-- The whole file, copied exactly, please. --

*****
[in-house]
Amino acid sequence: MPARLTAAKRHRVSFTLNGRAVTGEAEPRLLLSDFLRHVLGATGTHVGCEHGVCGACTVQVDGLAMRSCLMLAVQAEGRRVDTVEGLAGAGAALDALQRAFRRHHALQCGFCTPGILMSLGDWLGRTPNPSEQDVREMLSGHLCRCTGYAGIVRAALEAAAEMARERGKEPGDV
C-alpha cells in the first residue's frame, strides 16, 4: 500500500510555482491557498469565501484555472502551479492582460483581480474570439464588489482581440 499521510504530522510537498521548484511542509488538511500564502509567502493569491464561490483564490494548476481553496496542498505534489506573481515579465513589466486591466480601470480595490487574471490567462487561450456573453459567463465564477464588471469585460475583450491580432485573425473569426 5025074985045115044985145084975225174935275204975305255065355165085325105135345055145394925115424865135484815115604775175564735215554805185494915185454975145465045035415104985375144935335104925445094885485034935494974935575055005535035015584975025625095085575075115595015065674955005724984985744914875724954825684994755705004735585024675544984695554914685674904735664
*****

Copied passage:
[in-house]
Amino acid sequence: MPARLTAAKRHRVSFTLNGRAVTGEAEPRLLLSDFLRHVLGATGTHVGCEHGVCGACTVQVDGLAMRSCLMLAVQAEGRRVDTVEGLAGAGAALDALQRAFRRHHALQCGFCTPGILMSLGDWLGRTPNPSEQDVREMLSGHLCRCTGYAGIVRAALEAAAEMARERGKEPGDV
C-alpha cells in the first residue's frame, strides 16, 4: 500500500510555482491557498469565501484555472502551479492582460483581480474570439464588489482581440 499521510504530522510537498521548484511542509488538511500564502509567502493569491464561490483564490494548476481553496496542498505534489506573481515579465513589466486591466480601470480595490487574471490567462487561450456573453459567463465564477464588471469585460475583450491580432485573425473569426 5025074985045115044985145084975225174935275204975305255065355165085325105135345055145394925115424865135484815115604775175564735215554805185494915185454975145465045035415104985375144935335104925445094885485034935494974935575055005535035015584975025625095085575075115595015065674955005724984985744914875724954825684994755705004735585024675544984695554914685674904735664